A few weeks back, I attended the Typo conference in Berlin. My first Typo was a great experience with loads of great talks, a few old friends and a bunch of new faces.
First of all, I want to let you know that some of the bigger presentations on the conference’s site are available on their site. I especially recommend Jonathan Barnbrook’s conversation “Design and Politics” and Maria Giudice’s “Rise of the DEO”. You can also watch all talks of the years before for free.
One of the smaller presentations especially caught my attention. It ties back to what I am writing about here. The talk by Christine Dixon was titled “To hell with mediocrity – adventure beckons!”.
How does thinking relate do design?
Catherine Dixon asked the question, if the design practise is leaving something valuable behind by focusing too much on planning and strategy. She wondered, if the emphasis of planning and methodology could create a growing disjoint of strategy and the hands-on work.
We are flooded with new articles on Design Thinking and methodologies on a daily basis. The term originated from non-design fields, that tried to use design processes to form new approaches to problem solving. In recent years designers have tried to reclaim Design Thinking. They are communicating methods openly to their clients. Some of us try to sell them as something novel, but designers have been working like this for decades.
On closer inspection, the term “Design Thinking” is completely redundant. More than anything, design means understanding problems and goals and planning to solve them. These are all mental activities. To design is to think. Does that mean it should just be Thinking Thinking? Of course not. Design has special properties, that set it apart from practices like management and engineering.
All Design is concerned with surfaces and form. The term surface is not limited to aesthetic qualities. It describes every element by which a user can experience a designed “thing”. Also form is not limited to physical properties. It also takes the internal structure of an element into consideration – the system behind it.
That means Design is planning to solve problems through the surface and form of things. Here, I want to plug a book I am currently reading. It summarises a lot of reflection on Design and tries to form a first draft for a Philosophy of Design by Glenn Parsons.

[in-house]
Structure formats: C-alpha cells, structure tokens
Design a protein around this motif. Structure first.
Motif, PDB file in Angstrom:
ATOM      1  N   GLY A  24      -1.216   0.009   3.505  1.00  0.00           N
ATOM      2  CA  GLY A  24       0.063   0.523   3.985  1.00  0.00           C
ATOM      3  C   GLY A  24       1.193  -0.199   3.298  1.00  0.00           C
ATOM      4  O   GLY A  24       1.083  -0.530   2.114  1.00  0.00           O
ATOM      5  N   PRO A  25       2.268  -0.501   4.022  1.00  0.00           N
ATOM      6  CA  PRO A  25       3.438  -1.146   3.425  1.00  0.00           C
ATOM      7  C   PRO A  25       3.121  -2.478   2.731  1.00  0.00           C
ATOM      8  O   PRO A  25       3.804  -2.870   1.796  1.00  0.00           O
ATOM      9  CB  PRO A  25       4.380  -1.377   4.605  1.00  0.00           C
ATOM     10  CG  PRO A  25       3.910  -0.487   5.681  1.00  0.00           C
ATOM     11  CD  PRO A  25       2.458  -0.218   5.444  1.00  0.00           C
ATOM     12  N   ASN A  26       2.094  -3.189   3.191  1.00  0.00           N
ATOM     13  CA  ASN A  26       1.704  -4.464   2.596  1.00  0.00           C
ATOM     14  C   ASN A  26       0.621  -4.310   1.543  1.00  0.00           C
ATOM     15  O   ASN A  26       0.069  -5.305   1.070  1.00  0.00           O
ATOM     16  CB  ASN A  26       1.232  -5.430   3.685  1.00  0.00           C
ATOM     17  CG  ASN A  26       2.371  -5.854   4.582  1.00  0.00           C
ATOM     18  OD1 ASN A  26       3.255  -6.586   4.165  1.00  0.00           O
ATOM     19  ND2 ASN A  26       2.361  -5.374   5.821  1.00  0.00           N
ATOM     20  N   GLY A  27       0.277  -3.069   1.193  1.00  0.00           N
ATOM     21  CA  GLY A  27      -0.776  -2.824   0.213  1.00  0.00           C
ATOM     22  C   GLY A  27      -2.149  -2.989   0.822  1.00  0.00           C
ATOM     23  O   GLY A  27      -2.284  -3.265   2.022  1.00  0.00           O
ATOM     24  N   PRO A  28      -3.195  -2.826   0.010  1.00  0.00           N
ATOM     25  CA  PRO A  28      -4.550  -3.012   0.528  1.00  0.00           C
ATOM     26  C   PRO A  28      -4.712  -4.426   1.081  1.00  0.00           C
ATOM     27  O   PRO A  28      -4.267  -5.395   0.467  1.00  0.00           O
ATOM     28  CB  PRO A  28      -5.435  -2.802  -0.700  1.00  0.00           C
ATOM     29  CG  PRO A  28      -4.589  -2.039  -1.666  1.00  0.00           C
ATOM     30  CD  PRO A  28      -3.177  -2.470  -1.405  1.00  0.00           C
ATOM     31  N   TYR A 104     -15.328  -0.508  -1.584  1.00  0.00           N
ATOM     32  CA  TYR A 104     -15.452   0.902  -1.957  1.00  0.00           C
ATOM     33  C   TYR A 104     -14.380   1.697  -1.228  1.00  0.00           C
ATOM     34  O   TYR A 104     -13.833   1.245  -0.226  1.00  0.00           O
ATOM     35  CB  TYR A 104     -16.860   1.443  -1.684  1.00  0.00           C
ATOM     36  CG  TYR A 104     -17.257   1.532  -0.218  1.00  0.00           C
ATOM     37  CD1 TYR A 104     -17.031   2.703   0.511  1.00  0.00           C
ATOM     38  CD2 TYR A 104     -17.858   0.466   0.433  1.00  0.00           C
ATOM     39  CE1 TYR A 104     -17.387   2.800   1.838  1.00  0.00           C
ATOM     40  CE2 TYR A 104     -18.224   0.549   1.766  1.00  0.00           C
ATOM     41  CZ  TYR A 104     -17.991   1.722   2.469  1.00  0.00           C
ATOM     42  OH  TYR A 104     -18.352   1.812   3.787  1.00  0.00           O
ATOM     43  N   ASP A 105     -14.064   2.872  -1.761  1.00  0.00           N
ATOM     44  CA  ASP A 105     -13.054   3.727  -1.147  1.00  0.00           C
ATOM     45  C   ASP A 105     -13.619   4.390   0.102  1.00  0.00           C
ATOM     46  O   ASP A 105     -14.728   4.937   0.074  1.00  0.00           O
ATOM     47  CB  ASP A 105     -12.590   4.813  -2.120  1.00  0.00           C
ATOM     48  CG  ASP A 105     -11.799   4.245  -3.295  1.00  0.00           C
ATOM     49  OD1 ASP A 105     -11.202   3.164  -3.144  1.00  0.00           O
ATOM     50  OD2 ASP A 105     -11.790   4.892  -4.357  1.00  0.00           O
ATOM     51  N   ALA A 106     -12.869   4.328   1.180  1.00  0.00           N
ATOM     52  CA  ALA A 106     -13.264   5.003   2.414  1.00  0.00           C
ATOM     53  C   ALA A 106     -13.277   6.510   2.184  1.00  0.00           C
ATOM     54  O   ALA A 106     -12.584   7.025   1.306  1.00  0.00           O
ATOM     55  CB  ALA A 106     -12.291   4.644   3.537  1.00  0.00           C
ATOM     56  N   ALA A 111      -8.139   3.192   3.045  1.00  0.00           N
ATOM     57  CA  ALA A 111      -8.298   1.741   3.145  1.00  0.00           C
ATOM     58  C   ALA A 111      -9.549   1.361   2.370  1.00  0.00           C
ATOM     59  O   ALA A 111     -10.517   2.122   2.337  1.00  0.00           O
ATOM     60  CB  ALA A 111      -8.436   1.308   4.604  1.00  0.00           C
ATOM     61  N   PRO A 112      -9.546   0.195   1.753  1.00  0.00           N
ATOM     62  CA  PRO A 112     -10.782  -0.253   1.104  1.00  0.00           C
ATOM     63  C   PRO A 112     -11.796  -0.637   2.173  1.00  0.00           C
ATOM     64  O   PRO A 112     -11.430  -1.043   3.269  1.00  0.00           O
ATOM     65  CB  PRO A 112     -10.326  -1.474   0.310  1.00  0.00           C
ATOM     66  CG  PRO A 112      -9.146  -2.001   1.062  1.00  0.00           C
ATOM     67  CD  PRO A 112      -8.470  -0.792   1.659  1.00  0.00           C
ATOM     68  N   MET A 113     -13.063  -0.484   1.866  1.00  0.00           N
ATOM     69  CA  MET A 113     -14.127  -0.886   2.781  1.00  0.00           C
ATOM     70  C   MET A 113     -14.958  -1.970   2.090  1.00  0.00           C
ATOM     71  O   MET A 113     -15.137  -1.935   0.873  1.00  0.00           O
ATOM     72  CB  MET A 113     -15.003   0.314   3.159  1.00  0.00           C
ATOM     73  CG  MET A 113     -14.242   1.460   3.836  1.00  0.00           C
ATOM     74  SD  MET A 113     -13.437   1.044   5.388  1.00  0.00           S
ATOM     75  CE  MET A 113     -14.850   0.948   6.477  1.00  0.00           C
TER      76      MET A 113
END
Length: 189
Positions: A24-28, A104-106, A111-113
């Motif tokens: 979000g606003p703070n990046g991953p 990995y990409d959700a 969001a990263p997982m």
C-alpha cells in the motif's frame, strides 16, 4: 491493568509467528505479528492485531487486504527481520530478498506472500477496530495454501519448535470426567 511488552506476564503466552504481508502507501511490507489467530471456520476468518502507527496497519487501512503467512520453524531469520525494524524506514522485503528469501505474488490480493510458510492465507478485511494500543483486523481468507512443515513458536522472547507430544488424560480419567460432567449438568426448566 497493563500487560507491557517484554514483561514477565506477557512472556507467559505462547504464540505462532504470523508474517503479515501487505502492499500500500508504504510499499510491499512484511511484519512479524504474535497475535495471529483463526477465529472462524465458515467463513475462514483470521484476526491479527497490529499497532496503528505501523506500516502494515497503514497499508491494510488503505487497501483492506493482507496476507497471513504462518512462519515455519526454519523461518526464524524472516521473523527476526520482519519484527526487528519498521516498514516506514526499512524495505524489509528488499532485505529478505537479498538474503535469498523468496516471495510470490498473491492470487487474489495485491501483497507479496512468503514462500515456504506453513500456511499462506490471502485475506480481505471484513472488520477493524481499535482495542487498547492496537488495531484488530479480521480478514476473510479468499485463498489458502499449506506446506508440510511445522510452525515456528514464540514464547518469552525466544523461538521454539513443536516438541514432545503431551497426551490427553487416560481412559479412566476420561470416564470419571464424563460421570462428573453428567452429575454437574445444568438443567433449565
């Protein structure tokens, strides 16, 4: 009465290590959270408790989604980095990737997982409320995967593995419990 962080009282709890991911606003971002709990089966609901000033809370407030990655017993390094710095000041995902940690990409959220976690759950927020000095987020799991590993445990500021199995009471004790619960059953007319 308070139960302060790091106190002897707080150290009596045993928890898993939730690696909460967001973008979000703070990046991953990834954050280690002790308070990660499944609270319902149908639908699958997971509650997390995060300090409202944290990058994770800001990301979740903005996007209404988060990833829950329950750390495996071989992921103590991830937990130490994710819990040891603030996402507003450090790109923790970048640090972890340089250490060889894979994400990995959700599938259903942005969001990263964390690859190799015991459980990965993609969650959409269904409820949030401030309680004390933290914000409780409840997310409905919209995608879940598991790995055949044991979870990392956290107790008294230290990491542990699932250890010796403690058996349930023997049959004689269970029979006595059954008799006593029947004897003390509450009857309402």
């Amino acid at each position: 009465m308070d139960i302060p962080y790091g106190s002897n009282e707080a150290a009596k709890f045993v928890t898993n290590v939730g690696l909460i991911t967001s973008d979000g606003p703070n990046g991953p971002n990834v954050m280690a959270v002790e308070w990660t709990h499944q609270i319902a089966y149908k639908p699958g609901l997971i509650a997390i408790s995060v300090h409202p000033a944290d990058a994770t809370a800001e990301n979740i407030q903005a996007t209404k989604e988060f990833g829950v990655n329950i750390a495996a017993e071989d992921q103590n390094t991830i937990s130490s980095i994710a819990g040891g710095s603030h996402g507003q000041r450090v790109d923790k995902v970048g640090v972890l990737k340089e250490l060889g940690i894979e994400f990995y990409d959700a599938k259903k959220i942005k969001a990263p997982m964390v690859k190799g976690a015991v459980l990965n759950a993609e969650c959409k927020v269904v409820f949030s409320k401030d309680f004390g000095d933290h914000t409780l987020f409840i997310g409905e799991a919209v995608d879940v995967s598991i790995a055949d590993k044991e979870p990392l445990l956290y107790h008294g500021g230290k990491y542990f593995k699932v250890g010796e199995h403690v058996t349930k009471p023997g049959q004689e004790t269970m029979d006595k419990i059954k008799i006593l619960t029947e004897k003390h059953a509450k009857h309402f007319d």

Identify different kinds of knowledge.
I realised there could be some misconceptions, what the focus of my newsletter is. Because of that, I want to explain the goals and thinking behind this newsletter a bit more.
It has never been easier to learn skills or a craft than today. All it takes is commitment and time. Learning really concrete technical skills is the most easy part. You can learn any program or function with a simple search. It will guide you towards hundreds of blog posts and video tutorials.
But the more abstract knowledge gets, the harder it is to learn by consuming. Blogs become books, tutorials become courses and classes and so on. At the end of the list, the most abstract kind of knowledge is also the most important one: experience. Nobody dares to promise you, to teach ”experience”. You can only gather experience through deliberate practise, reflection and combining different knowledge yourself.
My goal with Thinking Design is to stress that kind of abstract knowledge. It may be harder to find, but it is the kind of knowledge that will settle in the deepest. Using thinking-tools and stealing methods from different fields of knowledge – like Philosophy, Linguistics or even Algebra – you can develop your own way of tackling problems. I am not concerned with the tactics you solve problems, but with the mindset and perspective you approach them with.
Don’t view thinking and doing as two things.
If designing is mostly thinking, how is it connected to the details of the craft? How is strategic thinking related to the spacing of uppercase letters? You have to think about the doing in design as thinking – and also consider the thinking as actual doing.
A strong concept with a great logic, that tackles the problem the right way, is exactly as well crafted as the perfect bezier curves of a logo drawing. A strong use of contrasts and whitespace can serve the user in the same way as a clear outlined message. They are two sides of a coin. You cannot neglect one for the other. Great design is great thinking. Great design is great craft. Great craft is great thinking.
This unity is what sets Design apart from any other practise. In a world full of Dribbble, endless TOP 10 font lists and assets for your next design project, it is important to stress this. Design can never be only form and surface. At the same time, Design Thinking methods and sprints and workshops won’t make you a great designer by themselves.
Catherine Dixon pointed it out perfectly in her talk: We have to be careful to not throw out the baby with the bathwater.
What do you think, are designing and thinking viewed too separated in our industry at the moment?
To answer, hit reply, or jump over to Twitter.